We’ve seen some goals scored on him lately that involve crazy bounces, including a terrible one yesterday against Colorado. Ozzy is not playing it as safe as he needs to and is still trying to force things, that’s clear. He still needs to simplify his game some more and control those rebounds. He not a Hasek-twitch-reflex goalie and never has been, and it almost looks like that’s what he’s playing like as of late.
#2, Osgood is not 100% square on shots.
I’m not sure why this hasn’t been mentioned more, but he’s not getting good positioning on some of the shots. This is sometimes leading to the rebounds mentioned above, if not the puck just blowing by him outright. Again, simplicity… just get square. Going back to some fundamentals would help him immensely.
#3, Osgood, despite everything he says, is NOT relaxed out there.
Osgood’s best trait is his relaxed demeanor. Last season during the Cup run he never panicked, never looked frantic in net. This year, he looks both, and the rest of the team is feeding off it negatively. If he can get back to basics, the calmness will likely follow. But until then, he’s going to play and look like a wounded duck out there.
So what to do?
I’m not sure. Conklin is not the answer, that much is still clear. He’s a good backup… but not going to take the starting load and not consistent enough himself. Howard and Larsson aren’t ready for Cup runs either. With that in mind, as well as DET’s lack of cap space, I think at this point it’s safe to say that the Wings are going to ride Osgood, for better or worse, and hope that he can straighten himself out.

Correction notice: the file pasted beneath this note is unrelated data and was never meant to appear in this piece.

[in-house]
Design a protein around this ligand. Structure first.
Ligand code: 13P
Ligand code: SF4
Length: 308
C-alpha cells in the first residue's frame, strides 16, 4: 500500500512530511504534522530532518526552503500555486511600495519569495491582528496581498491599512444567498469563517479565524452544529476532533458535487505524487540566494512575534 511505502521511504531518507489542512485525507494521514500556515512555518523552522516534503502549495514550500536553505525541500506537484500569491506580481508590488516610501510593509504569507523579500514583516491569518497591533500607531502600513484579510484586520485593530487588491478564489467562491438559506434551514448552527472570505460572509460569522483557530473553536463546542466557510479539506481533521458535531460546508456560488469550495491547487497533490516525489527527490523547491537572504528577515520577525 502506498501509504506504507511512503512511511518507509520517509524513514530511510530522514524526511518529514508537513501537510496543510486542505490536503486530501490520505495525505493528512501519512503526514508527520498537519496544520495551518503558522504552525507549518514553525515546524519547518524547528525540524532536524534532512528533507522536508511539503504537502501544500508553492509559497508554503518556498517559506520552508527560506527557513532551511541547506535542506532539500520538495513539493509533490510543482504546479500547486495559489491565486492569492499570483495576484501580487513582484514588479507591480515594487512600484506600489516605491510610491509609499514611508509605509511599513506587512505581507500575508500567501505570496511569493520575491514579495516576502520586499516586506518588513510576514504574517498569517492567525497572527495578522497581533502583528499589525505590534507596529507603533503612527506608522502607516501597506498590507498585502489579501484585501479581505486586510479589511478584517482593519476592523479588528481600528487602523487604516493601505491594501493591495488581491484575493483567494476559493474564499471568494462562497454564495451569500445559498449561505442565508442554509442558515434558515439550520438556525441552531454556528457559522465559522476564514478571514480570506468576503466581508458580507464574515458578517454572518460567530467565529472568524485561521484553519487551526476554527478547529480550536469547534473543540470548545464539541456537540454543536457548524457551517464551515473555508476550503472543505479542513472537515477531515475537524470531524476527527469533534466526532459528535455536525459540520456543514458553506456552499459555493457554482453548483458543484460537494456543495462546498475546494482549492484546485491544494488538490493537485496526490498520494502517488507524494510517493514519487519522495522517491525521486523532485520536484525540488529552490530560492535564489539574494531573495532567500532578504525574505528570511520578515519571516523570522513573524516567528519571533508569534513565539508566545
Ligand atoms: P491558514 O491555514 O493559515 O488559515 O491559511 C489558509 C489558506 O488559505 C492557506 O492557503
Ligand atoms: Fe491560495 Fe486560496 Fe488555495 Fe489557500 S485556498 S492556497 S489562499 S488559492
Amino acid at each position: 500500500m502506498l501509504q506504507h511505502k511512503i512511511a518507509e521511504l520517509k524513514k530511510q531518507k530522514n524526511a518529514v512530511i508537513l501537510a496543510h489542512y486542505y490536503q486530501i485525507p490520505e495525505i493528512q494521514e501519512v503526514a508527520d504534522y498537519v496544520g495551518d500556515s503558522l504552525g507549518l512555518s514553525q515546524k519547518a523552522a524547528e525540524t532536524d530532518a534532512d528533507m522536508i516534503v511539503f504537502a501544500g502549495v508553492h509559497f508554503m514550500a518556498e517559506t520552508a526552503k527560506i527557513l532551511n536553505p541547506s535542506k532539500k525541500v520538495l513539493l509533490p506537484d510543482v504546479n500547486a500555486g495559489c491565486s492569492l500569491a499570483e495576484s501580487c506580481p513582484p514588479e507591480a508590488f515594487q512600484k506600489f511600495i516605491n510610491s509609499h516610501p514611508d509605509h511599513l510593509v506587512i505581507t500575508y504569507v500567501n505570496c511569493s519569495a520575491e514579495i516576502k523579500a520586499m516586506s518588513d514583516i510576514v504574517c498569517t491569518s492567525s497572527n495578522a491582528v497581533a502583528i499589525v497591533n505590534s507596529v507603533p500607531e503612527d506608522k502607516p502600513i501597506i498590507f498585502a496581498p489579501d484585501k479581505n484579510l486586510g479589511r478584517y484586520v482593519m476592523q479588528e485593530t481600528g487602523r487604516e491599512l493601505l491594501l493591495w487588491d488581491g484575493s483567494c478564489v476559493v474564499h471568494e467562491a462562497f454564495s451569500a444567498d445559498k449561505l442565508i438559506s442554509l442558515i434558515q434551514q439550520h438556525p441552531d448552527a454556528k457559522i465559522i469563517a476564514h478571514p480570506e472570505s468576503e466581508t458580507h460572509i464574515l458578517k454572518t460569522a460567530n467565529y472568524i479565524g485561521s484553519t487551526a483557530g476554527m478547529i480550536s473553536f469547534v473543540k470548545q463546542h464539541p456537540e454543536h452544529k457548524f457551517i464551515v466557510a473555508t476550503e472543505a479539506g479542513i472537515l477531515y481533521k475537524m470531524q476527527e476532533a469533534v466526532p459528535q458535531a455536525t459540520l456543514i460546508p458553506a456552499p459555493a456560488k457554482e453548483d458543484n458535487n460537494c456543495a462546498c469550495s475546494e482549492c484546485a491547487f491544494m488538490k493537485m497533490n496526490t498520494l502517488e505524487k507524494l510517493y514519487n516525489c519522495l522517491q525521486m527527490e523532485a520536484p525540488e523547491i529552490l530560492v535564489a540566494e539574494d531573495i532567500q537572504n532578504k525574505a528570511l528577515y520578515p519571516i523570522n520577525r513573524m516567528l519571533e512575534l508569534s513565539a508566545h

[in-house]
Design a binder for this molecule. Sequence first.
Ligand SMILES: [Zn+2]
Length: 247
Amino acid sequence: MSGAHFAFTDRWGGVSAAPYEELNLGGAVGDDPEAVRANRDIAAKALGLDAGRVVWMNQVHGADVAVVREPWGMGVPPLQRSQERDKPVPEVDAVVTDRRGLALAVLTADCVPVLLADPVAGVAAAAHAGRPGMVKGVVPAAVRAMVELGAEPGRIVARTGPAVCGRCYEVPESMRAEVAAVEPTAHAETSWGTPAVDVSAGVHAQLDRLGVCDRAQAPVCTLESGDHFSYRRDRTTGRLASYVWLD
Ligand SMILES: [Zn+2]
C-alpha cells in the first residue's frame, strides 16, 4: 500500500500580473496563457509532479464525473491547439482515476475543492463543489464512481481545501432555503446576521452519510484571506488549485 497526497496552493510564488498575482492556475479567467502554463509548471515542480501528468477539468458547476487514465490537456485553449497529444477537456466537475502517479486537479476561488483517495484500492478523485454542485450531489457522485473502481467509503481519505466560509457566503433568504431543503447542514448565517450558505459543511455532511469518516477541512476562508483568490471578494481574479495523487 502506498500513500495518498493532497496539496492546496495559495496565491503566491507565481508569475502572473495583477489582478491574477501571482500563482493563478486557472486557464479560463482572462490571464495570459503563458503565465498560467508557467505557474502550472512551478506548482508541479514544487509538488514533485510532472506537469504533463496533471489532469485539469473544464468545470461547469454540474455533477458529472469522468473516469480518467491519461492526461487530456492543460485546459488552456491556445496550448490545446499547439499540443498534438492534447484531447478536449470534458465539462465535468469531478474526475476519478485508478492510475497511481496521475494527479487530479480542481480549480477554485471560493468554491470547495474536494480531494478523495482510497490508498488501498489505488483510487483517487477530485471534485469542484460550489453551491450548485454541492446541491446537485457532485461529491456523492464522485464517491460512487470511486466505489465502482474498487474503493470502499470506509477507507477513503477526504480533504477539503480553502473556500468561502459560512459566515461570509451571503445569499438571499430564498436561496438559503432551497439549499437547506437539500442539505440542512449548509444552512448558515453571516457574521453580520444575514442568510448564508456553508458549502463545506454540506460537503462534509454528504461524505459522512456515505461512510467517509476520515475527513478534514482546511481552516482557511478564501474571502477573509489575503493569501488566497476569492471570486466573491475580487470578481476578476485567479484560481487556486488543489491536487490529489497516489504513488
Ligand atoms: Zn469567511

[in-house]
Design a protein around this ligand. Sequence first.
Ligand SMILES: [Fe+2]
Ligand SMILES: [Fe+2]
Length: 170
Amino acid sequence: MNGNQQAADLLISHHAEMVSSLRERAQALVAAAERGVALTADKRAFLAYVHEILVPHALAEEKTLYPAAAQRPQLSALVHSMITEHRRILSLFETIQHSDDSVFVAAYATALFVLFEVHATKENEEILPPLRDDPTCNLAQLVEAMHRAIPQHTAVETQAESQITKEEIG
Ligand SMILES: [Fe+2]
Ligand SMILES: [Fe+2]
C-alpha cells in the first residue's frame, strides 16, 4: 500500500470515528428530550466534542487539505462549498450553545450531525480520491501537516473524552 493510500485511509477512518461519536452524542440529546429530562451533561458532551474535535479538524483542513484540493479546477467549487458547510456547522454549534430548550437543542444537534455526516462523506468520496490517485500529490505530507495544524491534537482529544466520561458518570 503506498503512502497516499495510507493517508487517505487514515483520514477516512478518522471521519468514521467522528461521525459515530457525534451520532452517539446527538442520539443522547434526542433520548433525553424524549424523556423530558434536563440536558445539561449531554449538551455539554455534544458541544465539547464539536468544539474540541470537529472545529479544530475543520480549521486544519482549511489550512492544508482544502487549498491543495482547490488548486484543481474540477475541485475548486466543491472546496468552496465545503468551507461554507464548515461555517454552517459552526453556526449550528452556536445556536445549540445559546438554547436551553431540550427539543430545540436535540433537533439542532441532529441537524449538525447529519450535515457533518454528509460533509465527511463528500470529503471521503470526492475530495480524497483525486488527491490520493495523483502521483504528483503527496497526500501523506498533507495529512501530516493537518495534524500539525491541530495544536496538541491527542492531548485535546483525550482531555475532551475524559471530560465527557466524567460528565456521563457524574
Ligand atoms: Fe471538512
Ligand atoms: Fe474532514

In the meantime, if you’re a Wings fan reach for the Pepto. You’re going to need it for at least a while yet….
Seriously, how long will it be till we see Michel Therrien fired? How many more excuses will we see? I saw the meltdown begin during Stanley Cup Finals calling the Wings cheaters with obstruction, diving, acting, and so on.
Yes he did coach the Pens to the SC Finals but now this is a different team with different players and you have to adjust. The excuses continued this season but last season it obviously worked. Michel has called out plenty of players and there were more excuses in interviews. Come on, when will you start coaching instead of making excuses and calling out your players.
After watching last night’s game against Toronto, I feel he needs to go. No more excuses after leading 2-0 and giving up 6 unanswered goals. If the playoffs started today; Therrien = FAIL. Hmmm maybe I need to make an excuse for writing this blog….
After the Canadiens’ fourth consecutive loss against the Oilers yesterday, it is clear that the Canadiens players don’t want to play for their coach anymore. They have lost nine of their past 11 games, during which they scored only 25 goals (2.27 GF per game) and surrendered an astounding 48 goals (4.36 GA per game).
The Habs have lost their last seven road games and have still four road games to go before returning home on Feb. 21 against Ottawa.
Carbonneau keeps juggling his lines like a Cirque du Soleil juggler, trying to find some chemistry among his players, but since they don’t play together for more than a few shifts, it’s hard to build chemistry.